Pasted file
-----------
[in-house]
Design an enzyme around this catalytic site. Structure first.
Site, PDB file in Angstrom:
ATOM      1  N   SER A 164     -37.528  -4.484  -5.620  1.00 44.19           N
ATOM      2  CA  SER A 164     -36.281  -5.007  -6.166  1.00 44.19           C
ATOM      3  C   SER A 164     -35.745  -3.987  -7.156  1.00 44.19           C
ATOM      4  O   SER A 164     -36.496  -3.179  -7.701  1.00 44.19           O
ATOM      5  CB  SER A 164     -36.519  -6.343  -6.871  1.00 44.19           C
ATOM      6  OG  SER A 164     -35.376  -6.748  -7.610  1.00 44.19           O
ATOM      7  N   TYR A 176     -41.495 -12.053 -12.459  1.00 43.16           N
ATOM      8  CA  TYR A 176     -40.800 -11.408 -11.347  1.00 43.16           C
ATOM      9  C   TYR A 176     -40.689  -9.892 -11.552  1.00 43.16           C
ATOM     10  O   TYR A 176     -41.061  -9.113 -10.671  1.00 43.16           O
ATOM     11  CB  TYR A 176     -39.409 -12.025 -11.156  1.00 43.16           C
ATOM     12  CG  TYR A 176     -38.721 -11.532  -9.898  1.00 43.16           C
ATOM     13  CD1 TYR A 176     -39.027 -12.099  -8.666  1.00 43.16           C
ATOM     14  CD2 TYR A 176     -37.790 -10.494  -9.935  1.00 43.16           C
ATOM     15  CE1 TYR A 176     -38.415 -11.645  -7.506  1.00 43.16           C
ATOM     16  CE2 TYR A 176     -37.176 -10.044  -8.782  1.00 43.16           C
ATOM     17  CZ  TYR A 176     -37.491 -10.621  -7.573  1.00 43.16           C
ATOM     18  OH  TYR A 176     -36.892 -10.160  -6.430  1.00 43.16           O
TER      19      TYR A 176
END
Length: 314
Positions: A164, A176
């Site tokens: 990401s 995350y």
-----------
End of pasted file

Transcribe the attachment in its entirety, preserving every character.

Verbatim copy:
[in-house]
Design an enzyme around this catalytic site. Structure first.
Site, PDB file in Angstrom:
ATOM      1  N   SER A 164     -37.528  -4.484  -5.620  1.00 44.19           N
ATOM      2  CA  SER A 164     -36.281  -5.007  -6.166  1.00 44.19           C
ATOM      3  C   SER A 164     -35.745  -3.987  -7.156  1.00 44.19           C
ATOM      4  O   SER A 164     -36.496  -3.179  -7.701  1.00 44.19           O
ATOM      5  CB  SER A 164     -36.519  -6.343  -6.871  1.00 44.19           C
ATOM      6  OG  SER A 164     -35.376  -6.748  -7.610  1.00 44.19           O
ATOM      7  N   TYR A 176     -41.495 -12.053 -12.459  1.00 43.16           N
ATOM      8  CA  TYR A 176     -40.800 -11.408 -11.347  1.00 43.16           C
ATOM      9  C   TYR A 176     -40.689  -9.892 -11.552  1.00 43.16           C
ATOM     10  O   TYR A 176     -41.061  -9.113 -10.671  1.00 43.16           O
ATOM     11  CB  TYR A 176     -39.409 -12.025 -11.156  1.00 43.16           C
ATOM     12  CG  TYR A 176     -38.721 -11.532  -9.898  1.00 43.16           C
ATOM     13  CD1 TYR A 176     -39.027 -12.099  -8.666  1.00 43.16           C
ATOM     14  CD2 TYR A 176     -37.790 -10.494  -9.935  1.00 43.16           C
ATOM     15  CE1 TYR A 176     -38.415 -11.645  -7.506  1.00 43.16           C
ATOM     16  CE2 TYR A 176     -37.176 -10.044  -8.782  1.00 43.16           C
ATOM     17  CZ  TYR A 176     -37.491 -10.621  -7.573  1.00 43.16           C
ATOM     18  OH  TYR A 176     -36.892 -10.160  -6.430  1.00 43.16           O
TER      19      TYR A 176
END
Length: 314
Positions: A164, A176
């Site tokens: 990401s 995350y």